How can the 80/20 Rule be used for customer satisfaction measurement?
At The Dunvegan Group, we repeatedly observe that 20 – 25% of a business’ customers represent 75 – 80% of its revenue. Senior executives see these numbers and believe they should be focusing their efforts on satisfying that 20 – 25% of their customer base. It’s a theory that’s applied in many businesses.
At The Dunvegan Group, we’ve seen many businesses focus on the customers that bring in revenue, often to the exclusion of the ones who bring in profit.
The new 80/20 Rule for customer satisfaction does not ignore the 80%
Let’s use the 80/20 split – 20% of customers producing 80% of the revenue. These top revenue customers do not typically represent 80% of the company’s profits.
Larger customers have more negotiating power, therefore volume discounting occurs. This means you don’t achieve your full profit margin with these top revenue customers. In fact, the top revenue customers may deliver very minimal profits.
The remaining 80% of customers are essential to meeting profit targets
It’s ironic, but larger accounts are often less profitable to a business overall. They can often be more demanding, more expensive to retain and leave you more vulnerable.
Some companies even use the ’superstar approach’, which is to focus their best efforts on the customers who represent the very top 20% of revenue, expecting to make these customers even bigger. The task of satisfying the largest, most and often most difficult accounts is given to a business’ top salespeople.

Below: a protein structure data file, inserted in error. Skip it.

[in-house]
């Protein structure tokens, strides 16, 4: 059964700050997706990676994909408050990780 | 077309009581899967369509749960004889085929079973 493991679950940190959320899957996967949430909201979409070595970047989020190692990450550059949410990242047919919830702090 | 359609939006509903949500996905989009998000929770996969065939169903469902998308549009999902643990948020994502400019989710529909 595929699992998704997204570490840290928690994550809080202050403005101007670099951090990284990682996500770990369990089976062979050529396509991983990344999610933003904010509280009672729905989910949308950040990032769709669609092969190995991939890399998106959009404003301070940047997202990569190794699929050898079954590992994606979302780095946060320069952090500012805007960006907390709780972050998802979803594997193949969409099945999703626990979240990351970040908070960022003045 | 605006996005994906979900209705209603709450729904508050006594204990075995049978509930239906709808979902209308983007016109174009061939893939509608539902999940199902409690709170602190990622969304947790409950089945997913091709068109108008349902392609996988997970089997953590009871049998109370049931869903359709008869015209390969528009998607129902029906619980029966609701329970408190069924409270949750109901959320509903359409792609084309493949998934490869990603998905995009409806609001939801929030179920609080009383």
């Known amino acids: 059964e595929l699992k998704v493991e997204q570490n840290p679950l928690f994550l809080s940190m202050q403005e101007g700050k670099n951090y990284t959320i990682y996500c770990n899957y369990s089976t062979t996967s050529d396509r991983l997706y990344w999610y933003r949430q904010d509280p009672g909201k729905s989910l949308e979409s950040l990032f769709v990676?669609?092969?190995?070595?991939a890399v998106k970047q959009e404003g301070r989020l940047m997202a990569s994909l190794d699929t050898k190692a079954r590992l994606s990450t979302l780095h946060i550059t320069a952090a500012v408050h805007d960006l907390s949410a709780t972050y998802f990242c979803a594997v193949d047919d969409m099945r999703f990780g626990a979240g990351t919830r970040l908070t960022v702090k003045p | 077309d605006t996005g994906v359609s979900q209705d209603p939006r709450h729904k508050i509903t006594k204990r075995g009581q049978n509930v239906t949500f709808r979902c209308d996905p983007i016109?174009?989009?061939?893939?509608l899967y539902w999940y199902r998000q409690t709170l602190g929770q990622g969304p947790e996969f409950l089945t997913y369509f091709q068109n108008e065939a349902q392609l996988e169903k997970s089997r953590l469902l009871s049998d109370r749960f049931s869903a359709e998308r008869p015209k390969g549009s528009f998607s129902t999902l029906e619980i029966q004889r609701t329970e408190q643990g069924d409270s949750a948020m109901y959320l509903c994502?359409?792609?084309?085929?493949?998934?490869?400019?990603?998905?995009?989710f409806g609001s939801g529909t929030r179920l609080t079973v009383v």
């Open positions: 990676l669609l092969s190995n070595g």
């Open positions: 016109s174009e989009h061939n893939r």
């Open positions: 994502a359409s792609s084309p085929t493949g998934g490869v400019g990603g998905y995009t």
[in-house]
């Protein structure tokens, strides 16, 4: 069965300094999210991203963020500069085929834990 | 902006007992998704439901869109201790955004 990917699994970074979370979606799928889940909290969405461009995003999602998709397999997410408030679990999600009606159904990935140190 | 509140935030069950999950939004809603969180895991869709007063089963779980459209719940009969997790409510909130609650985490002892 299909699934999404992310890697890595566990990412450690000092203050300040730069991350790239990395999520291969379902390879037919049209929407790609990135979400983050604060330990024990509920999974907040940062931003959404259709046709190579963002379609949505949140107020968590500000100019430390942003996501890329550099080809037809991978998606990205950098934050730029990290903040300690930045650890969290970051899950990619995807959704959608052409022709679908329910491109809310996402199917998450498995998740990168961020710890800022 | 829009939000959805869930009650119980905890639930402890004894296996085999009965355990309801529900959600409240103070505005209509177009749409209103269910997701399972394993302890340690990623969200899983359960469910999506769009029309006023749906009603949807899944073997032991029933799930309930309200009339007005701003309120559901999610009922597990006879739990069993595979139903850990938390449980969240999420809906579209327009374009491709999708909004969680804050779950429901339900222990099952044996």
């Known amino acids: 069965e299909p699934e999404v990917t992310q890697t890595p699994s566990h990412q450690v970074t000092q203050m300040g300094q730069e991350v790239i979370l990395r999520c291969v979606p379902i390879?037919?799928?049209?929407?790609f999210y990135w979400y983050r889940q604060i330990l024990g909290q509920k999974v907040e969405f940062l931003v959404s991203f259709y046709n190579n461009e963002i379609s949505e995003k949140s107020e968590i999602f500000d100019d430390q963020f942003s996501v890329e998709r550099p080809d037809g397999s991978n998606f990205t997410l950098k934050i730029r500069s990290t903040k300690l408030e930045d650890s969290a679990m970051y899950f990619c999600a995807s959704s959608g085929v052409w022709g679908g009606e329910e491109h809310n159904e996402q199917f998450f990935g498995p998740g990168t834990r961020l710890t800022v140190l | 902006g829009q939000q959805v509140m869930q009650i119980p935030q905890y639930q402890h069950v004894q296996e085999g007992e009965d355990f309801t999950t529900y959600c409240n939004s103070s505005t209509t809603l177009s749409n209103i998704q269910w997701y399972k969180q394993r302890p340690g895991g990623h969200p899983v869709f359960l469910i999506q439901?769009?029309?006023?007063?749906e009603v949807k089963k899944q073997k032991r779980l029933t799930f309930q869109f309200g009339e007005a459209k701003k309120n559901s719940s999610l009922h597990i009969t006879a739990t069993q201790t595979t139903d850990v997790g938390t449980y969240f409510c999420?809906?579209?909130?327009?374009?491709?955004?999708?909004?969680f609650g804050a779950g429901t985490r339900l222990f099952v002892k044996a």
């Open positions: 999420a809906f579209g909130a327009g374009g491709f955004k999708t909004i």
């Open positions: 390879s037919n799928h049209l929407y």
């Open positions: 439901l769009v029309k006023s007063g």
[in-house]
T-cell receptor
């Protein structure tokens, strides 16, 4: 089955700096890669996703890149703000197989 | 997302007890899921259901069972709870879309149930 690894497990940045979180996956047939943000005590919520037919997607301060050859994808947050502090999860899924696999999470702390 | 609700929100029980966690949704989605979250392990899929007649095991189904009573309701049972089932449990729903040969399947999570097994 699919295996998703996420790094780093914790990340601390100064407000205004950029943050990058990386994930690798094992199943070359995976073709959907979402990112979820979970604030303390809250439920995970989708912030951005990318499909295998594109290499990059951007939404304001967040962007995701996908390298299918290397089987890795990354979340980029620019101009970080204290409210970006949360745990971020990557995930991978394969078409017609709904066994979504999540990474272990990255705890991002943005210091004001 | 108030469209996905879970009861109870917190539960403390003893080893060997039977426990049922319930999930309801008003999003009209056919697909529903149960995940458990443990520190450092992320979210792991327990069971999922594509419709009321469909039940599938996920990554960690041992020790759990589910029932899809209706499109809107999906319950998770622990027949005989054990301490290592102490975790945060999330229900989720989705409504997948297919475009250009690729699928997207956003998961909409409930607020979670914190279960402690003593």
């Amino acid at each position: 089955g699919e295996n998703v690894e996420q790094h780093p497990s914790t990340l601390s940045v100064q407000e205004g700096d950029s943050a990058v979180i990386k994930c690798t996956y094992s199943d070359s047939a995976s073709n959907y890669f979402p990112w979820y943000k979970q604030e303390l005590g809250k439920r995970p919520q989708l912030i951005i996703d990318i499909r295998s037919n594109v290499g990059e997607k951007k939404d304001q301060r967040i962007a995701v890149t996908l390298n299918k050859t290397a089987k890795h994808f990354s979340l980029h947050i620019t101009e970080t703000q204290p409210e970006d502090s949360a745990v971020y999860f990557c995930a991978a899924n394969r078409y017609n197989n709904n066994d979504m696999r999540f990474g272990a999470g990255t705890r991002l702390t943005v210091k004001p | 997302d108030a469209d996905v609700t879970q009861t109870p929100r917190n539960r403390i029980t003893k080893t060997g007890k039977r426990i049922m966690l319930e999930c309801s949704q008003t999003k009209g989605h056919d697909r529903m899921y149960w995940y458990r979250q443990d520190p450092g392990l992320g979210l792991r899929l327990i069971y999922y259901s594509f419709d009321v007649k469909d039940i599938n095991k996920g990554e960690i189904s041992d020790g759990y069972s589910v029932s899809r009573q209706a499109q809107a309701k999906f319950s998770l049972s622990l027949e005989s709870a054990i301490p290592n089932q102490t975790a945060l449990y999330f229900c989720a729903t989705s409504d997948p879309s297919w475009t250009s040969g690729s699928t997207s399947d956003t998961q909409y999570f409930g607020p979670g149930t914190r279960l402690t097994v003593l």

Over-investing in the 20% can negatively impact your business
It might seem like an ideal solution but, at The Dunvegan Group, we can see that over-investment in these superstar customers is often a game of diminishing returns.
This approach often leaves few resources to invest in potentially more profitable opportunities hidden in the pool of smaller revenue customers.
Focusing exclusively on keeping the 20% satisfied may lead to a decline in overall profits
Of course, it’s critical to keep these larger customers satisfied and retain their business. However, I believe it’s folly to ignore the remaining 80% that generate a smaller share of revenue, but likely result in more overall profit to your business.
Don’t forget that oft quoted study which showed that two thirds of customers who leave do so because they feel neglected or unappreciated. Likely the customers who felt neglected were among the less significant, potentially more profitable, customers who represent 20% of revenue.
There may be gems in your ‘less significant’ 80% – these companies could be growing or they could be splitting their business between you and your competition or they could be powerful advocates and allies as you seek referrals.
Imagine the impact on your bottom line when you invest in keeping these smaller, potentially more profitable customers satisfied – certainly worth considering don’t you think?